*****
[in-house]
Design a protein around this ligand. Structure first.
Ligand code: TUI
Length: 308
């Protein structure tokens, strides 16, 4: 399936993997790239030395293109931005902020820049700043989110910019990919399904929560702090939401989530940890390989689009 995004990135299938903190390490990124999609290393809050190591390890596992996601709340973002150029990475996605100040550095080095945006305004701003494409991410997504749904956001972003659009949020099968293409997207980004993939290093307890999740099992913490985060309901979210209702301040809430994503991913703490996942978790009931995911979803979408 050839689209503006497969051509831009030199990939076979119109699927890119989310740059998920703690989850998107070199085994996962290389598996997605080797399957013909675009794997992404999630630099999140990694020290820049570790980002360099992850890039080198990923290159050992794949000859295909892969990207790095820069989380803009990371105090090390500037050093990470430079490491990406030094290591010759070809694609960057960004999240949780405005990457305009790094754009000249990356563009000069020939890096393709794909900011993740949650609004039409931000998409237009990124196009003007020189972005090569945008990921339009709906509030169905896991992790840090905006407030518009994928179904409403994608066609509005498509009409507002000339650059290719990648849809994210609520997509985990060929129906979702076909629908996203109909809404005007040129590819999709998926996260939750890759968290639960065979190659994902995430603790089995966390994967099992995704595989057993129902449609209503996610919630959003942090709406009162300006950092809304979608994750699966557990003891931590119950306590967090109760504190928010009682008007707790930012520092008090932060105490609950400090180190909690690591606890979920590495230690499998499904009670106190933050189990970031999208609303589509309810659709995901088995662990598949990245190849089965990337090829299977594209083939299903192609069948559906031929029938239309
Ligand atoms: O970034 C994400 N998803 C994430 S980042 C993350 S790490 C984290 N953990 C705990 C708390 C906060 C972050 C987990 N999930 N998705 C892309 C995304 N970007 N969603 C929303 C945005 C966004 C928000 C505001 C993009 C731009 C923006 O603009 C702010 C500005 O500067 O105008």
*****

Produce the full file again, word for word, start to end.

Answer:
[in-house]
Design a protein around this ligand. Structure first.
Ligand code: TUI
Length: 308
């Protein structure tokens, strides 16, 4: 399936993997790239030395293109931005902020820049700043989110910019990919399904929560702090939401989530940890390989689009 995004990135299938903190390490990124999609290393809050190591390890596992996601709340973002150029990475996605100040550095080095945006305004701003494409991410997504749904956001972003659009949020099968293409997207980004993939290093307890999740099992913490985060309901979210209702301040809430994503991913703490996942978790009931995911979803979408 050839689209503006497969051509831009030199990939076979119109699927890119989310740059998920703690989850998107070199085994996962290389598996997605080797399957013909675009794997992404999630630099999140990694020290820049570790980002360099992850890039080198990923290159050992794949000859295909892969990207790095820069989380803009990371105090090390500037050093990470430079490491990406030094290591010759070809694609960057960004999240949780405005990457305009790094754009000249990356563009000069020939890096393709794909900011993740949650609004039409931000998409237009990124196009003007020189972005090569945008990921339009709906509030169905896991992790840090905006407030518009994928179904409403994608066609509005498509009409507002000339650059290719990648849809994210609520997509985990060929129906979702076909629908996203109909809404005007040129590819999709998926996260939750890759968290639960065979190659994902995430603790089995966390994967099992995704595989057993129902449609209503996610919630959003942090709406009162300006950092809304979608994750699966557990003891931590119950306590967090109760504190928010009682008007707790930012520092008090932060105490609950400090180190909690690591606890979920590495230690499998499904009670106190933050189990970031999208609303589509309810659709995901088995662990598949990245190849089965990337090829299977594209083939299903192609069948559906031929029938239309
Ligand atoms: O970034 C994400 N998803 C994430 S980042 C993350 S790490 C984290 N953990 C705990 C708390 C906060 C972050 C987990 N999930 N998705 C892309 C995304 N970007 N969603 C929303 C945005 C966004 C928000 C505001 C993009 C731009 C923006 O603009 C702010 C500005 O500067 O105008």